Monday, 24 June 2013
I rise today to recognise the steps taken by this government to ensure accurate country of origin labelling. Australia is a proud nation that produces many products and much produce, and we strive to uphold those values of fairness, and this is part of our national character. For the people of Hindmarsh and indeed all Australians, local industry and local jobs are always at the front of our minds. We want to make sure that Australia continues to be a prosperous nation for our children and grandchildren. That is why since my election in 2004 I have constantly striven to ensure that, through accurate country of origin labelling, all Australians are able to know exactly what they are purchasing, where it is from, and where it was made or assembled. This is especially true of our food produce. We have a very proud history of growing and farming some of the best quality produce in the world. It is being produced right here in our own backyards, in our farms and in our rural areas. But, when we are at the supermarket, there is often no way for some of us to find out where it was produced, where it was made or where it is from.
We are able to choose good-quality Australian produce if there is good labelling but, if there is not good labelling, those of us that want to support local jobs and buy local produce are unable to do so. That is why I congratulate the government for ensuring that, from 18 July this year, all fresh meat sold in Australia will be required to have accurate labelling. This will allow consumers, the Australian people, to have the choice to buy the world's best local produce and not an imported product pretending to be the same. This is a very good win for our local community and indeed for Australia and producers as a whole.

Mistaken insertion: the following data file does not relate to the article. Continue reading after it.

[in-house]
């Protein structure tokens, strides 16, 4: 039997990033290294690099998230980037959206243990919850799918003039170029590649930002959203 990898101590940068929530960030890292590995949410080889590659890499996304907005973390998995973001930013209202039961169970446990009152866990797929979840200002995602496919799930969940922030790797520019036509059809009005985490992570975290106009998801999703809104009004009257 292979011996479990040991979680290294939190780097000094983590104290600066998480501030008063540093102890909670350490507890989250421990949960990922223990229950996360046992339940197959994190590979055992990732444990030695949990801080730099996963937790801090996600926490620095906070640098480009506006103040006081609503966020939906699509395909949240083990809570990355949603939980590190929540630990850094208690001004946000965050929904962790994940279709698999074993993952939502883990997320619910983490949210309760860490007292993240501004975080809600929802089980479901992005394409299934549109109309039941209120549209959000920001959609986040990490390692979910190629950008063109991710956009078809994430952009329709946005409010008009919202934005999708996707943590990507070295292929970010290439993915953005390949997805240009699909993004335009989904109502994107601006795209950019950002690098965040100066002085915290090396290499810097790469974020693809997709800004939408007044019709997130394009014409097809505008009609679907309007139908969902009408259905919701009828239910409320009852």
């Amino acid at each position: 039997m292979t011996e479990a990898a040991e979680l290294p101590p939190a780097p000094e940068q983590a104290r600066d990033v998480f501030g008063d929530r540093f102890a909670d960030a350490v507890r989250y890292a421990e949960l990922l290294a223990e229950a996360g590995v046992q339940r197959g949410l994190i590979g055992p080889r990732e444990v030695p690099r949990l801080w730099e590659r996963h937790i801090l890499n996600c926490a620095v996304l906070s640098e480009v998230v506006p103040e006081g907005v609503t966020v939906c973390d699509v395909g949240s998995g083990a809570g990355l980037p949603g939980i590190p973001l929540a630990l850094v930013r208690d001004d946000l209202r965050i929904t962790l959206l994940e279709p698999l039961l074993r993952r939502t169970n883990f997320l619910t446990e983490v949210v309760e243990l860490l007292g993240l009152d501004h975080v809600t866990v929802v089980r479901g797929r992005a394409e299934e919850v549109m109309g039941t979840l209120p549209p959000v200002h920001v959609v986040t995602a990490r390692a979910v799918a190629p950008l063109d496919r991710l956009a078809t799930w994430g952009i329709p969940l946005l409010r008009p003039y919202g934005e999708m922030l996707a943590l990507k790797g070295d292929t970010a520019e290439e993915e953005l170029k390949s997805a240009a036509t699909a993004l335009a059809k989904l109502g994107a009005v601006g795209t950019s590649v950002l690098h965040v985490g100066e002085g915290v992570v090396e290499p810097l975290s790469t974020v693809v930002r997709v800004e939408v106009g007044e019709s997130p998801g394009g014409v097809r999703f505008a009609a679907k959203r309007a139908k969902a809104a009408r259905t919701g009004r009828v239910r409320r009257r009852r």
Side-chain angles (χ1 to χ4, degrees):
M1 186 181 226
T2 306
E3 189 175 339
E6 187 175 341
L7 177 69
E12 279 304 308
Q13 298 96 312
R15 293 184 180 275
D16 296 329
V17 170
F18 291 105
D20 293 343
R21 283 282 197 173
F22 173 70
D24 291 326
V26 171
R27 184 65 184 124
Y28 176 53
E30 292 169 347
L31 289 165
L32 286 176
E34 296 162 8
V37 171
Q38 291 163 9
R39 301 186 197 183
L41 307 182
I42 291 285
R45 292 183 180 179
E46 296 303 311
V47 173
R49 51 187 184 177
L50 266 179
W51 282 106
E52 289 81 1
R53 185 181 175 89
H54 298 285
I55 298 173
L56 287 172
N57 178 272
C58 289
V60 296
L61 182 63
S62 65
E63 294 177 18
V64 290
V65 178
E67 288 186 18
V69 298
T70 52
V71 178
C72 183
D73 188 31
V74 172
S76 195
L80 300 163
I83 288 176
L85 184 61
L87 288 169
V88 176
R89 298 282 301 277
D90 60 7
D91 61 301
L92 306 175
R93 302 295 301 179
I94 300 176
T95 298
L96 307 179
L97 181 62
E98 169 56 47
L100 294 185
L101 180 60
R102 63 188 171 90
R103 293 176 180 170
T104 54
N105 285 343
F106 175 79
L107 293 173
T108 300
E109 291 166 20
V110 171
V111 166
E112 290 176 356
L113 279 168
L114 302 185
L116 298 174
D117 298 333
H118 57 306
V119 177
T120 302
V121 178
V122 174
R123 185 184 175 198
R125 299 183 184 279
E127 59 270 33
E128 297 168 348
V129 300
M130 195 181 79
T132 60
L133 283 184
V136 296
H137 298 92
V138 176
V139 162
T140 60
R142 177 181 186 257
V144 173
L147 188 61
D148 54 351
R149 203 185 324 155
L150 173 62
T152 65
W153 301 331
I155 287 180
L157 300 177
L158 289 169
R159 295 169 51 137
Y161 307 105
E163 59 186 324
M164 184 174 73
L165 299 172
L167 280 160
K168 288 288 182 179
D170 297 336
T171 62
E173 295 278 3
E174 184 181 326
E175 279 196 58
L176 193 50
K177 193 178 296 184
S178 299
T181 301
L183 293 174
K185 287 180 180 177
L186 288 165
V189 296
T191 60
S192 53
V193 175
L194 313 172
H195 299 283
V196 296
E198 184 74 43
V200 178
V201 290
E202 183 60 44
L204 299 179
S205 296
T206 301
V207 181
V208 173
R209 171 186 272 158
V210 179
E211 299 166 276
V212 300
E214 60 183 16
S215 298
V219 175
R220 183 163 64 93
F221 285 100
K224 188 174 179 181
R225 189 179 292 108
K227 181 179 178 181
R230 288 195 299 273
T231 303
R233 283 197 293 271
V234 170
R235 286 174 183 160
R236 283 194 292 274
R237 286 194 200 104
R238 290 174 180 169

Many of you will remember back in 2010 when many of us in this place, including me, took great efforts to represent their communities who came to them and expressed their concerns about mad cow disease being imported; there was a proposal at the time to bring beef in from the US. Only a few months ago, many retailers in Northern Europe were found to be selling horsemeat as if it were beef, and I received an influx of complaints from people during that period who were worried that they might be consuming imported horsemeat. After the horsemeat scandal I immediately raised the issue with ministers and others in this place and advocated country of origin labelling. I cannot express how I support these changes and will continue to support the Buy Local campaign to ensure that Australia has a sustainable food sector for generations to come. I think consumers have every right to know where food is from, where it was produced, what it contains and what products were used in that particular item.